Full disclosure time. I’m going to take personal ownership of this article because as a college lad, I spent six years working for a small used car dealership where I specialised in vehicle reconditioning. I need to emphasise used car dealership here, and it wasn’t one of those places that bought off-lease turn-ins that only needed a wash and tyre shine. Among other things, we specialised in used work vans and those drivers loved to smoke. As such, I have so much sympathy for this brave soul right now, and admittedly, a bit of PTSD from cigarette-bombed reconditioning projects in my own portfolio that were every bit as nasty as what you see here.
This clip comes from Autoshine Cars on YouTube, and as you can clearly see, this poor Peugeot 207 has seen much better days. Outside it doesn’t look too bad, but opening the driver door is a straight-up Oh dear moment. Cigarette ash covers everything, in every nook and places you can’t even see. Old food, broken glass, and spilled soda makes it worse, but the really bad stuff is what the camera doesn’t show – nicotine. You’ll find sticky brown nicotine residue everywhere, especially in the headliner and seat belts, and there’s no easy way to remove it. Forget all the public service announcements about the dangers of smoking – making a struggling smoker thoroughly clean such a nasty, ash-strewn mess could be the absolute best way to kick the habit for good.
Gallery: Dirty Peugeot reconditioned
When it comes to reconditioning such a machine, there are many ways to get the job done. In this instance, using the air gun to dislodge crud from the carpet and all the surfaces prior to scrubbing is outstanding, and it’s a great way to get the carpet clean without soaking the padding underneath. Steam cleaning the headliner is also an absolute necessity here, and when it comes to removing all that nicotine residue, the only way to do it is to literally scrub every square inch of the interior. It’s disgusting and utterly exhausting, and as disgusted as this video might make you, it still pales in comparison to actually being in that hatchback.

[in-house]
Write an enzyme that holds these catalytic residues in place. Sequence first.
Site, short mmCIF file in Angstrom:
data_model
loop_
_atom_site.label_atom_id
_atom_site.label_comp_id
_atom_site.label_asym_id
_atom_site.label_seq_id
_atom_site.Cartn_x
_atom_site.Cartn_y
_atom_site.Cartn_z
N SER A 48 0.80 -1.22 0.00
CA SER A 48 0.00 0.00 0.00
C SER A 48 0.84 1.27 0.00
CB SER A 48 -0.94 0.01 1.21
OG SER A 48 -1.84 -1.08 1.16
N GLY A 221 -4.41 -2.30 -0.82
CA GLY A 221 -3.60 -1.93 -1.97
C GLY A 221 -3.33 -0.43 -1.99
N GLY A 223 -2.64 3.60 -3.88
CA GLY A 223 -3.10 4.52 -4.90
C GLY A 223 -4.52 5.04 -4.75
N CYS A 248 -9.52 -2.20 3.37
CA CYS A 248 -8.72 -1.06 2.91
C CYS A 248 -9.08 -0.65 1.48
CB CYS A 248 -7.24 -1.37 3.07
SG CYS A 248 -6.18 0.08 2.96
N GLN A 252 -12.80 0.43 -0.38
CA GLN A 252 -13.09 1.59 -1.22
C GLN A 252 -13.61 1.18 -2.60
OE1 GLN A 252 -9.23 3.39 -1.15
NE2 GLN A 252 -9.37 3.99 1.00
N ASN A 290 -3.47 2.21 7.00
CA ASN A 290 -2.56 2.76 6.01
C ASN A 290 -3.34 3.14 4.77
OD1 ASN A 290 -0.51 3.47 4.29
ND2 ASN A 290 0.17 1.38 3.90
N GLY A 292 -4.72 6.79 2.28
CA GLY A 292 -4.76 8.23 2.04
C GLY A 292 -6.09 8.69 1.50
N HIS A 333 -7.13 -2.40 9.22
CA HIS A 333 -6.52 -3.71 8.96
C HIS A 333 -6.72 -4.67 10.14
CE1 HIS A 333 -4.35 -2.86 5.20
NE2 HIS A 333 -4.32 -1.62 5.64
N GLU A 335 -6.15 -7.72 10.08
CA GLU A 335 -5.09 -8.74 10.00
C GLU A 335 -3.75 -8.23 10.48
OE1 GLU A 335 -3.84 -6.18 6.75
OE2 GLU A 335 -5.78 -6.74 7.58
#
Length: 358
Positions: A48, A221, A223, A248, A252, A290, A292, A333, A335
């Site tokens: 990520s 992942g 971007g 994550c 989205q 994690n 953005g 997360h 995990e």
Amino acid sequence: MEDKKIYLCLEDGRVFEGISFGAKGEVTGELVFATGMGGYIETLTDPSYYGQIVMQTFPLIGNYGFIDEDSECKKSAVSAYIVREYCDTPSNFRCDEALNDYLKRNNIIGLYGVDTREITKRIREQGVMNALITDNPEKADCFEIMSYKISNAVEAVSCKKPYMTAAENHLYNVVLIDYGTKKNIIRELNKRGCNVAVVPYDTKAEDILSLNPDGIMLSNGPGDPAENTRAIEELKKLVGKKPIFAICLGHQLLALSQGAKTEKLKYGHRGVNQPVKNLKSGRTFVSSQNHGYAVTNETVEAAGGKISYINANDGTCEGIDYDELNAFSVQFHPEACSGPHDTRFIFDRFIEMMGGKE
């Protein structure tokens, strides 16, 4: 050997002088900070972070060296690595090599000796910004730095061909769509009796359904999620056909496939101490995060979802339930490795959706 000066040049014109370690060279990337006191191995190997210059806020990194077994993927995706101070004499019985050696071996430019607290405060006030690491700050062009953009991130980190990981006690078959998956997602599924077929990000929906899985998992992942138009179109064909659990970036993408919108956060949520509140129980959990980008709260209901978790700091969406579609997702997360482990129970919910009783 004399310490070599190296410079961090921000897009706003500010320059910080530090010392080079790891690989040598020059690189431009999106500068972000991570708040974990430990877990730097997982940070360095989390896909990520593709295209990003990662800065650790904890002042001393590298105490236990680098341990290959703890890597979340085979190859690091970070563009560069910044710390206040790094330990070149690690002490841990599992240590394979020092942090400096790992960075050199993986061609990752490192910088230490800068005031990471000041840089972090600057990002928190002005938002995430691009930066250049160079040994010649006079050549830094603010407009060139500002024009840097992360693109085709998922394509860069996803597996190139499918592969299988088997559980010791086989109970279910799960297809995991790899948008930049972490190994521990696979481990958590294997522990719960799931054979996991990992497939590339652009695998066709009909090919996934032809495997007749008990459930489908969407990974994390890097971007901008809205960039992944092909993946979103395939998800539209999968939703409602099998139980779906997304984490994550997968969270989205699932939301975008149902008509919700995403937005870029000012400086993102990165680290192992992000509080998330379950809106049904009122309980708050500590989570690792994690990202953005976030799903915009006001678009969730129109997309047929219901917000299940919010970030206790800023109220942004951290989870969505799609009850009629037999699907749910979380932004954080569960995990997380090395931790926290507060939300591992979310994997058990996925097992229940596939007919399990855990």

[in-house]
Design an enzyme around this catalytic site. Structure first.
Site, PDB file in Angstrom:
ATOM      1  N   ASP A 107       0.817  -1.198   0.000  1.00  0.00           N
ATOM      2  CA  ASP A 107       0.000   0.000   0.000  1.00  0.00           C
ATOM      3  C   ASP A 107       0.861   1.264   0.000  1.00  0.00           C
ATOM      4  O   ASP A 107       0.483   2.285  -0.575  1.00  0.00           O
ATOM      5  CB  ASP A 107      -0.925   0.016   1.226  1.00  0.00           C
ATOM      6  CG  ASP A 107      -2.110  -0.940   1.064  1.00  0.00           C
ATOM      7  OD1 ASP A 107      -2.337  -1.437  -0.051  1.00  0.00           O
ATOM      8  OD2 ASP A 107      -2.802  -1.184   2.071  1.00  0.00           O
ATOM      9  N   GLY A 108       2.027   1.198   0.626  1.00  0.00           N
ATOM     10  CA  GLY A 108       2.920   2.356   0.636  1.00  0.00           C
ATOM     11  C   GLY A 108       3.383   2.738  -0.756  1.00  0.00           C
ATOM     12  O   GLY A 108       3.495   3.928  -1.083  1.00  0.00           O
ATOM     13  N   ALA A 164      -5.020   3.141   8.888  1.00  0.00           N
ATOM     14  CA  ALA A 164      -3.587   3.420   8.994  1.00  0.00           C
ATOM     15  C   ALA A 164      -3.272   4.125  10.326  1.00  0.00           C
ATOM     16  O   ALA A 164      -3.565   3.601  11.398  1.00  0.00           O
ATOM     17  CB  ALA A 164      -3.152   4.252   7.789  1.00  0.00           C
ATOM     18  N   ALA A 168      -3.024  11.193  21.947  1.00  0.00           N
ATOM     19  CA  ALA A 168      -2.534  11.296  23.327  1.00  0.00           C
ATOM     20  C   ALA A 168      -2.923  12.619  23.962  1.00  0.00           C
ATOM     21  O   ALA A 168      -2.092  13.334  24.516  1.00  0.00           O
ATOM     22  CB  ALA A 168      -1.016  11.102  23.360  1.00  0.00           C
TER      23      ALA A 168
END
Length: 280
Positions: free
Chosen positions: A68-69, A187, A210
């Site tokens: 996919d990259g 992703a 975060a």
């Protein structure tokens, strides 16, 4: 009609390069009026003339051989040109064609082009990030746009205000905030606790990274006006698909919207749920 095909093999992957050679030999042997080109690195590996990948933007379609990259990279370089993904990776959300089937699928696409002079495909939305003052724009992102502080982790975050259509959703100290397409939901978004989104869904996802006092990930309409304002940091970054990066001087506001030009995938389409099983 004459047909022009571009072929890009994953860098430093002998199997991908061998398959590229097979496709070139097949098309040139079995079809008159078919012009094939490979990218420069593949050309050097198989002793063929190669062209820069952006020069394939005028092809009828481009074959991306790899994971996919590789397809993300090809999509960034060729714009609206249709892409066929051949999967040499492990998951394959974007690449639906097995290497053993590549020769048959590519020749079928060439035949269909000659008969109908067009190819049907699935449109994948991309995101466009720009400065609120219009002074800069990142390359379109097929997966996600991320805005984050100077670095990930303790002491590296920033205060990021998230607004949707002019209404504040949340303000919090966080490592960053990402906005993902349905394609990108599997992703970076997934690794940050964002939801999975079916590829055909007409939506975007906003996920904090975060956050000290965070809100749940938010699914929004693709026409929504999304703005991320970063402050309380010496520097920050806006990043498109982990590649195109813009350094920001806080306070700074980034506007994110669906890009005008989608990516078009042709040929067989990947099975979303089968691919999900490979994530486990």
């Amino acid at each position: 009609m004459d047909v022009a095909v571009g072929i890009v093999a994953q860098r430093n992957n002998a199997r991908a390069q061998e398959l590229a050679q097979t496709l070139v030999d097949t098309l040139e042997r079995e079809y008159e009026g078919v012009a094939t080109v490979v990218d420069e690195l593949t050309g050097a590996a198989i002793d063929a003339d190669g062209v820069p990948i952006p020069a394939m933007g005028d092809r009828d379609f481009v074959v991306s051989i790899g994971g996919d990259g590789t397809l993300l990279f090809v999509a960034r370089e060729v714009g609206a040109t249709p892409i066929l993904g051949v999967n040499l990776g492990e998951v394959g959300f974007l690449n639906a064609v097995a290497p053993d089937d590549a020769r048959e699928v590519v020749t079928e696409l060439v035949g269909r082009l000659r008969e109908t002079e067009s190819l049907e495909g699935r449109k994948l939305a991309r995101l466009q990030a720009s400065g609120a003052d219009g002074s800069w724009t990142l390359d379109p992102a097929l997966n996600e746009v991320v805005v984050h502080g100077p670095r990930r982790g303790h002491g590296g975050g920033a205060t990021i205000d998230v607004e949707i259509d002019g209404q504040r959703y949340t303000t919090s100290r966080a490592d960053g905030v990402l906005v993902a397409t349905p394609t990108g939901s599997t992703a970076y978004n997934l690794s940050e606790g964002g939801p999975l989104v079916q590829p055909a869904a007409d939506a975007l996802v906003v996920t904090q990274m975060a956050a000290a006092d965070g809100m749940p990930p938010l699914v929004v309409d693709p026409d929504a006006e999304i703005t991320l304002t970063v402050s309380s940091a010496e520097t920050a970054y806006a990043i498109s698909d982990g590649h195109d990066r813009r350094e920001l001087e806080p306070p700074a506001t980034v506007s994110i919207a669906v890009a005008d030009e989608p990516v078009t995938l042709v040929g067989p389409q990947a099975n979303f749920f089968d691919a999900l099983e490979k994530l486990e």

Personally, I would’ve pulled the centre console, seat belts, and carpeting along with the seats. Time constraints may not have allowed such a comprehensive project, but I’d wager a bazillion quid that more cigarette ash and crud exists beneath that console. Removing the carpeting also lets you wipe down the bare floor – which also likely has nicotine and ash debris – and you can power wash the carpeting then set it up to air-dry for a day to help with the smell.
It’s far more involved, but honestly, the effort in this video with the carpeting still in the car is simply epic when all is said and done. As for you smokers out there, perhaps this clip will encourage you to kick the habit. Your body will thank you, as will your car.